15th July 03:23
The anatomy of incompetence - W. C. Douglass II, (crisis job)
The anatomy of incompetence
Ever since just after the Middle Ages, when cutting open the human
body after death was forbidden (even if being hacked open had been
the CAUSE of death), the standard method of educating doctors — and
what passed for them in the old days — in basic anatomy has been the
dissection of cadavers. But nowadays, the cadaver and all the
anatomical education it represents is slowly disappearing from
Medical School curricula.
Hmmm. Doctors without first-hand knowledge of the human body. Now
there's a good idea!
Yet according to a recent New York Times article, even the President
of the American Association of Clinical Anatomists is today uncertain
as to whether or not every medical student needs intensive lessons in
gross anatomy. There are even medical schools out there (in
California, of course) that teach anatomy without ANY hands-on
contact with a body, living or otherwise.
Proponents of the new corpse-less curriculum point out that much of
traditional anatomy training — the litany of Latin names for every
pathway of every nerve and blood vessel, and things like that — is
irrelevant to current medical practice, which increasingly focuses on
treatment at the cellular and genetic level (read: drug- based). Plus,
they claim that new, high-tech computer models and virtual reality
software do a better job of teaching the body's structures than
actually touching them…
But beyond the simple identification of bodily parts, where they are,
and what they look like in their normal states, hands-on education
teaches doctors the fundamental skill of their trade: What it FEELS
like to heal. How can a video screen teach what it feels like to set
a broken bone back into place? How can a software program truly
impart the art of finding an artery to test a pulse or a vein to draw
blood from? How can a thing without a face or flesh teach the
reverence for life all doctors must have to be anything more than
Did you know that in many Latin American countries students go from
high school directly into medical school, which means they have no
basic training in the sciences except the pitifully little they learn
in high school? If they follow our lead — and they always do — they
will be even less qualified than they are now.
Of all the old maxims, the cardinal one is this: The best way to
learn is by doing. That goes for doctors, more than anyone. Would you
want to be treated for a femoral fracture by an M.D. who'd never seen
one up close, or felt the way it was put together as original
Yes, doctors using real human bodies for practice may be going the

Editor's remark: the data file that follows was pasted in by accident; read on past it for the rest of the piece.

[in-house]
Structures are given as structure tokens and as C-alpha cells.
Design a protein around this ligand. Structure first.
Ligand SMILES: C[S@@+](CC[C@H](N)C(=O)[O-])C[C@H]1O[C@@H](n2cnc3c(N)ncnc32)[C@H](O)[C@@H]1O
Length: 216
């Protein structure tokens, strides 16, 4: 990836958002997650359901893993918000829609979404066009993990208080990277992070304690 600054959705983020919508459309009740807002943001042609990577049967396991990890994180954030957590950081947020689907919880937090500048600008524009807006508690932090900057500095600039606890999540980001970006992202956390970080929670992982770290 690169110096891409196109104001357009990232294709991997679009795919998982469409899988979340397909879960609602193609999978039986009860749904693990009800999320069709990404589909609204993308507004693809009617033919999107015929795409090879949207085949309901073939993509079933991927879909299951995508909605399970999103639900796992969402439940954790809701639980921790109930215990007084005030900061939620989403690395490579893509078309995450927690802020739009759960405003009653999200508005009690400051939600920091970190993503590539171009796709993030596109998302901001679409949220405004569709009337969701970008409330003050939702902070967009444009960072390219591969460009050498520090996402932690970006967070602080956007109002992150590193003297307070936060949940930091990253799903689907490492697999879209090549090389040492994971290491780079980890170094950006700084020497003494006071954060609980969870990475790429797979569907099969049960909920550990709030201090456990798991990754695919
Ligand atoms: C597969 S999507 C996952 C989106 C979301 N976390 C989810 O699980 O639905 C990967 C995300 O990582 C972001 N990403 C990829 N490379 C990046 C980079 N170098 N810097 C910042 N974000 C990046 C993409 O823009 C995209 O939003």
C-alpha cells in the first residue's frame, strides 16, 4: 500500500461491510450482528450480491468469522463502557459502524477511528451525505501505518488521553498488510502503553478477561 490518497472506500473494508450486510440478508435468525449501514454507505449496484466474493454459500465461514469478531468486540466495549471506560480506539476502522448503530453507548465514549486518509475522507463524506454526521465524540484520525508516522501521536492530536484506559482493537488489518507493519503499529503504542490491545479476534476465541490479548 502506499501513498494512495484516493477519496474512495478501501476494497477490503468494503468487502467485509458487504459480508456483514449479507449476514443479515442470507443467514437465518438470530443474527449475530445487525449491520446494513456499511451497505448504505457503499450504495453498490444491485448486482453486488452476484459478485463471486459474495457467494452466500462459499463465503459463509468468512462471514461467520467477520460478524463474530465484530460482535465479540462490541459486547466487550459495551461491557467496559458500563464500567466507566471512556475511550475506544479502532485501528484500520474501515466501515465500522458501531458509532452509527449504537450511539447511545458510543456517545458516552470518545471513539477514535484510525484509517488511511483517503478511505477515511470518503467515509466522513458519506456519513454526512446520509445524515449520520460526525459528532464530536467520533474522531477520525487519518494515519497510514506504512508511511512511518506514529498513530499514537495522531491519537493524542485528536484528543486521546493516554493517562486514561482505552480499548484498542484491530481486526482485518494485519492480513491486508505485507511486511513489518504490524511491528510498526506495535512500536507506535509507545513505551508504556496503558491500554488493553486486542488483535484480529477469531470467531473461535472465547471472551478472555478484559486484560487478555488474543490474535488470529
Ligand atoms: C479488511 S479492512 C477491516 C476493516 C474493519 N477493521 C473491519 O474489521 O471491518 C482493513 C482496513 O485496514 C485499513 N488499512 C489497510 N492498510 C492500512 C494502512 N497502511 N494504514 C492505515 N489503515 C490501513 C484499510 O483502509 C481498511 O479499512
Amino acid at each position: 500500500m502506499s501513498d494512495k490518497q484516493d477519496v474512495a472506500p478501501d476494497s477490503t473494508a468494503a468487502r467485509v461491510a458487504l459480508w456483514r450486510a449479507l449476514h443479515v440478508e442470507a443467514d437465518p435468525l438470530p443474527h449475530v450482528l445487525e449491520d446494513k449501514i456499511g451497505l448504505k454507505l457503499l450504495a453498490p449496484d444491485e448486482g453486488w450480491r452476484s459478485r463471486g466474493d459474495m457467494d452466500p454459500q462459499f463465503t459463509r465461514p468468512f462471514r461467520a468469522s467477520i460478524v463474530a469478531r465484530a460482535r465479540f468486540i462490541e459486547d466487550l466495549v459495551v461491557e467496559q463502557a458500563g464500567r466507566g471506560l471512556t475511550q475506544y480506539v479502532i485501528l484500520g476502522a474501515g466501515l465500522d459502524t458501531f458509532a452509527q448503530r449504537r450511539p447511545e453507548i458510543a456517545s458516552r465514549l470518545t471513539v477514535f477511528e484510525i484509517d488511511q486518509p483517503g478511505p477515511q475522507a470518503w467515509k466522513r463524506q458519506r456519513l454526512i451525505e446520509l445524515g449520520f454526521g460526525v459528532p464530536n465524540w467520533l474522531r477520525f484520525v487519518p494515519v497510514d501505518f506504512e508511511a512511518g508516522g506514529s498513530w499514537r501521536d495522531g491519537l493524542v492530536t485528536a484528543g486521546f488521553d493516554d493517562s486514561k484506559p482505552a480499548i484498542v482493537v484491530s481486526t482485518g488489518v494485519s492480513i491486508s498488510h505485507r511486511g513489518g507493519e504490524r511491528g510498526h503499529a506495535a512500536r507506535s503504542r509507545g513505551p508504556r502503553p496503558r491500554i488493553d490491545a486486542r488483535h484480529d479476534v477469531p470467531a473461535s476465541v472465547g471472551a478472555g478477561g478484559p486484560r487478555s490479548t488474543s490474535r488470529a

way of the dinosaur. What will they be replaced with (besides video
The new game of "Operation!"
Almost as absurd as med school students not practicing on cadavers is
the idea that they won't need to hone their skills on the living,
either. Yet that's exactly what the future holds, if the latest in
virtual reality educational technology is any indication.
According to CBS News.com, many new doctors these days are making
their first diagnoses not on live patients while a seasoned M.D.
looks over their shoulder, but on life-sized electronic replicas
complete with hair, skin, moving eyes, and inject-able veins! The
dummies can be programmed to breathe, react to stimuli — even
simulate every imaginable medical crisis to challenge new doctors'
diagnosis and treatment skills.
It's like the kid's game (Operation!), but on a bigger scale.
Barely 10 years old, this kind of technology has already been adopted
by over 120 medical schools nationwide, and has been aggressively
implemented by the U.S. military (where I cut my teeth in medicine).
Apparently, these "smart" dummies are the future of medical training.
Some seemingly credible sources cited in the story claim that these
"mannequins" are far BETTER for medical training than real live
But I have trouble believing it. Maybe I'm old fashioned, but I think
the skills a doctor learns from the living are some of the most
important ones — and they aren't found in textbooks or in the eyes of
souped-up CPR dummies. Things like bedside manner, intuition, and
listening skills come to mind.
These plastic patients are no doubt good for one thing, though:
Rendering harmless the potentially lethal mistakes-in-training made
by surgeons who don't know their anatomy.
Always hands-on, but never a dummy,
William Campbell Douglass II, MD